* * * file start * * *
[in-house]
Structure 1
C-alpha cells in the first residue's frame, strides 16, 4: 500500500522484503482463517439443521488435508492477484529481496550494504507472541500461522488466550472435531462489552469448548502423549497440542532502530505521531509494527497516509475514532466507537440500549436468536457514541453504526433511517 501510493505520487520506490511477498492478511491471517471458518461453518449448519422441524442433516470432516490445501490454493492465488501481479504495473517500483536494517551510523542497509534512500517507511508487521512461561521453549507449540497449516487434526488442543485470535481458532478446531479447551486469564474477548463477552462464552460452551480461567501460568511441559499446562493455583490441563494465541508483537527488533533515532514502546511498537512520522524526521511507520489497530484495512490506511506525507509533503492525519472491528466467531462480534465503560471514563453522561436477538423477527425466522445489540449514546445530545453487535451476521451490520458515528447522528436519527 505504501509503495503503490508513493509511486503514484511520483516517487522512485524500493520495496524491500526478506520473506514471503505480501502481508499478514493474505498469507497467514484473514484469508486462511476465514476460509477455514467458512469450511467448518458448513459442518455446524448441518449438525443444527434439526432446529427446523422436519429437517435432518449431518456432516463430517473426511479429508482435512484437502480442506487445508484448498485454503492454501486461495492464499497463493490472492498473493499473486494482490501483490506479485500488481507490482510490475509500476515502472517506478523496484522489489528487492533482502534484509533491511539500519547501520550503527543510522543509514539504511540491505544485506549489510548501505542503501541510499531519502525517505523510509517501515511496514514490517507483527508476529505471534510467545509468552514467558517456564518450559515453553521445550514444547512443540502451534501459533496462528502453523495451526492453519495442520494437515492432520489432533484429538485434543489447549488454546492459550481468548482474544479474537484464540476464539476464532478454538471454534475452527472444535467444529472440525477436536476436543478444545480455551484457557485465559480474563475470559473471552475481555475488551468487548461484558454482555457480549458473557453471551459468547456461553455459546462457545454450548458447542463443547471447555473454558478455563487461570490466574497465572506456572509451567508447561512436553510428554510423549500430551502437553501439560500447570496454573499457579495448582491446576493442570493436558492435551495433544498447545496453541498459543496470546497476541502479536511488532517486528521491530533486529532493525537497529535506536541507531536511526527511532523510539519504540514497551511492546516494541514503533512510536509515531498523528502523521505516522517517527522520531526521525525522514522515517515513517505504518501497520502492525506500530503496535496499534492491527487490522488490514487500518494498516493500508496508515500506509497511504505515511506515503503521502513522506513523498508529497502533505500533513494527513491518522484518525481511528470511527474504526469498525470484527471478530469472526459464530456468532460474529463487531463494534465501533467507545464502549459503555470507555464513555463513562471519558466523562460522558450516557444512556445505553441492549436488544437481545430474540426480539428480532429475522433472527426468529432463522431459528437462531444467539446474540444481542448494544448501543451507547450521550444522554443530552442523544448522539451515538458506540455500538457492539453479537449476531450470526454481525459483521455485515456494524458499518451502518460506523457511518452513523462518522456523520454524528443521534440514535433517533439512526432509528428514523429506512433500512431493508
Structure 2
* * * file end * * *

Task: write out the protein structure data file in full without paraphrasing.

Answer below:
[in-house]
Structure 1
C-alpha cells in the first residue's frame, strides 16, 4: 500500500522484503482463517439443521488435508492477484529481496550494504507472541500461522488466550472435531462489552469448548502423549497440542532502530505521531509494527497516509475514532466507537440500549436468536457514541453504526433511517 501510493505520487520506490511477498492478511491471517471458518461453518449448519422441524442433516470432516490445501490454493492465488501481479504495473517500483536494517551510523542497509534512500517507511508487521512461561521453549507449540497449516487434526488442543485470535481458532478446531479447551486469564474477548463477552462464552460452551480461567501460568511441559499446562493455583490441563494465541508483537527488533533515532514502546511498537512520522524526521511507520489497530484495512490506511506525507509533503492525519472491528466467531462480534465503560471514563453522561436477538423477527425466522445489540449514546445530545453487535451476521451490520458515528447522528436519527 505504501509503495503503490508513493509511486503514484511520483516517487522512485524500493520495496524491500526478506520473506514471503505480501502481508499478514493474505498469507497467514484473514484469508486462511476465514476460509477455514467458512469450511467448518458448513459442518455446524448441518449438525443444527434439526432446529427446523422436519429437517435432518449431518456432516463430517473426511479429508482435512484437502480442506487445508484448498485454503492454501486461495492464499497463493490472492498473493499473486494482490501483490506479485500488481507490482510490475509500476515502472517506478523496484522489489528487492533482502534484509533491511539500519547501520550503527543510522543509514539504511540491505544485506549489510548501505542503501541510499531519502525517505523510509517501515511496514514490517507483527508476529505471534510467545509468552514467558517456564518450559515453553521445550514444547512443540502451534501459533496462528502453523495451526492453519495442520494437515492432520489432533484429538485434543489447549488454546492459550481468548482474544479474537484464540476464539476464532478454538471454534475452527472444535467444529472440525477436536476436543478444545480455551484457557485465559480474563475470559473471552475481555475488551468487548461484558454482555457480549458473557453471551459468547456461553455459546462457545454450548458447542463443547471447555473454558478455563487461570490466574497465572506456572509451567508447561512436553510428554510423549500430551502437553501439560500447570496454573499457579495448582491446576493442570493436558492435551495433544498447545496453541498459543496470546497476541502479536511488532517486528521491530533486529532493525537497529535506536541507531536511526527511532523510539519504540514497551511492546516494541514503533512510536509515531498523528502523521505516522517517527522520531526521525525522514522515517515513517505504518501497520502492525506500530503496535496499534492491527487490522488490514487500518494498516493500508496508515500506509497511504505515511506515503503521502513522506513523498508529497502533505500533513494527513491518522484518525481511528470511527474504526469498525470484527471478530469472526459464530456468532460474529463487531463494534465501533467507545464502549459503555470507555464513555463513562471519558466523562460522558450516557444512556445505553441492549436488544437481545430474540426480539428480532429475522433472527426468529432463522431459528437462531444467539446474540444481542448494544448501543451507547450521550444522554443530552442523544448522539451515538458506540455500538457492539453479537449476531450470526454481525459483521455485515456494524458499518451502518460506523457511518452513523462518522456523520454524528443521534440514535433517533439512526432509528428514523429506512433500512431493508
Structure 2